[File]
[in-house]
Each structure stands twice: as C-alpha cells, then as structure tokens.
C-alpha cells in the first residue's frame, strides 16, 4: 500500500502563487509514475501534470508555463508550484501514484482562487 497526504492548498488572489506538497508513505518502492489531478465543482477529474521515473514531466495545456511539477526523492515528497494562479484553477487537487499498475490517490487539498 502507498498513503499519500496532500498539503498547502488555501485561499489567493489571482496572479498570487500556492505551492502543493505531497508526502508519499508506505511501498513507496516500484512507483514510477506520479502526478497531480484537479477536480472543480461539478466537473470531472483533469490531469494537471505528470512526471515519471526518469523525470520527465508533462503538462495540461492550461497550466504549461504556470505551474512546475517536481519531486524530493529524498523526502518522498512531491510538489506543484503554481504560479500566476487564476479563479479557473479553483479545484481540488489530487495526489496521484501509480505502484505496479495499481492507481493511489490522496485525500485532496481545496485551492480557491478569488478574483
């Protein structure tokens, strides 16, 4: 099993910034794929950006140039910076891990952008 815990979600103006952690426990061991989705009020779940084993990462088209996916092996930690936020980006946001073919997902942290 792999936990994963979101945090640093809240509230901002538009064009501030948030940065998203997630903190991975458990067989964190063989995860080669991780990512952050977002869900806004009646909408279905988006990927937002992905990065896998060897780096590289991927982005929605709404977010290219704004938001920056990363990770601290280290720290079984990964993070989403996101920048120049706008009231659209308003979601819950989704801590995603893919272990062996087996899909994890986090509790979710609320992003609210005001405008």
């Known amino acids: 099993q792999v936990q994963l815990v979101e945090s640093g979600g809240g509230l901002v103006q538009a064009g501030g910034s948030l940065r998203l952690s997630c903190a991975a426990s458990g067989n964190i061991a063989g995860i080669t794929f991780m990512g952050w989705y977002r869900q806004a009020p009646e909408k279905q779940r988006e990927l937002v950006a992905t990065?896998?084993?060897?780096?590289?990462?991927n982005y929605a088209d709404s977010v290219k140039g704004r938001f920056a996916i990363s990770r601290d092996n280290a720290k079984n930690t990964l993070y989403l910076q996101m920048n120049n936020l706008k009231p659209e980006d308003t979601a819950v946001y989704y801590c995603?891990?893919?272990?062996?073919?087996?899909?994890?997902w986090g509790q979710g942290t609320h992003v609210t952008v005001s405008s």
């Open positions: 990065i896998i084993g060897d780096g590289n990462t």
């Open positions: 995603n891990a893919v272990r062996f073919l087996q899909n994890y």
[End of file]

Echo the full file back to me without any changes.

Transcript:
[in-house]
Each structure stands twice: as C-alpha cells, then as structure tokens.
C-alpha cells in the first residue's frame, strides 16, 4: 500500500502563487509514475501534470508555463508550484501514484482562487 497526504492548498488572489506538497508513505518502492489531478465543482477529474521515473514531466495545456511539477526523492515528497494562479484553477487537487499498475490517490487539498 502507498498513503499519500496532500498539503498547502488555501485561499489567493489571482496572479498570487500556492505551492502543493505531497508526502508519499508506505511501498513507496516500484512507483514510477506520479502526478497531480484537479477536480472543480461539478466537473470531472483533469490531469494537471505528470512526471515519471526518469523525470520527465508533462503538462495540461492550461497550466504549461504556470505551474512546475517536481519531486524530493529524498523526502518522498512531491510538489506543484503554481504560479500566476487564476479563479479557473479553483479545484481540488489530487495526489496521484501509480505502484505496479495499481492507481493511489490522496485525500485532496481545496485551492480557491478569488478574483
């Protein structure tokens, strides 16, 4: 099993910034794929950006140039910076891990952008 815990979600103006952690426990061991989705009020779940084993990462088209996916092996930690936020980006946001073919997902942290 792999936990994963979101945090640093809240509230901002538009064009501030948030940065998203997630903190991975458990067989964190063989995860080669991780990512952050977002869900806004009646909408279905988006990927937002992905990065896998060897780096590289991927982005929605709404977010290219704004938001920056990363990770601290280290720290079984990964993070989403996101920048120049706008009231659209308003979601819950989704801590995603893919272990062996087996899909994890986090509790979710609320992003609210005001405008």
């Known amino acids: 099993q792999v936990q994963l815990v979101e945090s640093g979600g809240g509230l901002v103006q538009a064009g501030g910034s948030l940065r998203l952690s997630c903190a991975a426990s458990g067989n964190i061991a063989g995860i080669t794929f991780m990512g952050w989705y977002r869900q806004a009020p009646e909408k279905q779940r988006e990927l937002v950006a992905t990065?896998?084993?060897?780096?590289?990462?991927n982005y929605a088209d709404s977010v290219k140039g704004r938001f920056a996916i990363s990770r601290d092996n280290a720290k079984n930690t990964l993070y989403l910076q996101m920048n120049n936020l706008k009231p659209e980006d308003t979601a819950v946001y989704y801590c995603?891990?893919?272990?062996?073919?087996?899909?994890?997902w986090g509790q979710g942290t609320h992003v609210t952008v005001s405008s």
């Open positions: 990065i896998i084993g060897d780096g590289n990462t």
């Open positions: 995603n891990a893919v272990r062996f073919l087996q899909n994890y």